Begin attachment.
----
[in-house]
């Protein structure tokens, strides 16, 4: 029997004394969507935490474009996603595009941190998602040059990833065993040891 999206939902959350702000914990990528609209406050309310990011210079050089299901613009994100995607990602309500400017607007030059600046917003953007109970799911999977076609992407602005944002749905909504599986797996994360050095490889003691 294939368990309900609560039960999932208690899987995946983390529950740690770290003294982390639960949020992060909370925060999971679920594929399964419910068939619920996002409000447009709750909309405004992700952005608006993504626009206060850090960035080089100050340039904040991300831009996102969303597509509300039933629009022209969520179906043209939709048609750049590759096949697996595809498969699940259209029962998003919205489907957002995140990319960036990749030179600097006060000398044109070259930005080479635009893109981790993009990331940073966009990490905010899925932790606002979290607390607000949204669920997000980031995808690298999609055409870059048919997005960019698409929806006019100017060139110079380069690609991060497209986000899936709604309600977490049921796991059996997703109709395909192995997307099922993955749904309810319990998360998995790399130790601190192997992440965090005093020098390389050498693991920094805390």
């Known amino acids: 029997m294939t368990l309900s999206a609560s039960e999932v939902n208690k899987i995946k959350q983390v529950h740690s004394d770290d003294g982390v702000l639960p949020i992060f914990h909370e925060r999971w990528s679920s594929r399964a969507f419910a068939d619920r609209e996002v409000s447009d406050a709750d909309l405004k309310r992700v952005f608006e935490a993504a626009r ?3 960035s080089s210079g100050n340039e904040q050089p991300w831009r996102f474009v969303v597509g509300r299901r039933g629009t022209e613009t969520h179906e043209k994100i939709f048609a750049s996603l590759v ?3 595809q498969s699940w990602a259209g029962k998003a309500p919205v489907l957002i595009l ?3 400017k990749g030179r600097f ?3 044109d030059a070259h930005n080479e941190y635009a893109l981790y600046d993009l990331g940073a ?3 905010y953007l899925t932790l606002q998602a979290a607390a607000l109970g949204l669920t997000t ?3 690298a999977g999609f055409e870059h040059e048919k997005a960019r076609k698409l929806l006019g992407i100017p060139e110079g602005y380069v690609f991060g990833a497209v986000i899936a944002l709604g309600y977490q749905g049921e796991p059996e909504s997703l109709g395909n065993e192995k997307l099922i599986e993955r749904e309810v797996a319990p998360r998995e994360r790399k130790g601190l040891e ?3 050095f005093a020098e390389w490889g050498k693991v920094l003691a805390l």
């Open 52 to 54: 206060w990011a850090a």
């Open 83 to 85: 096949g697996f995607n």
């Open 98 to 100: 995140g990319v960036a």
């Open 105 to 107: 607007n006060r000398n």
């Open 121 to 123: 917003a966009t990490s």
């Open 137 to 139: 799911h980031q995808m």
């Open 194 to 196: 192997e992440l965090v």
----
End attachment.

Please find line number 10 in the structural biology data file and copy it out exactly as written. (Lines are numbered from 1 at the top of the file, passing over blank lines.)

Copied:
């Open 194 to 196: 192997e992440l965090v």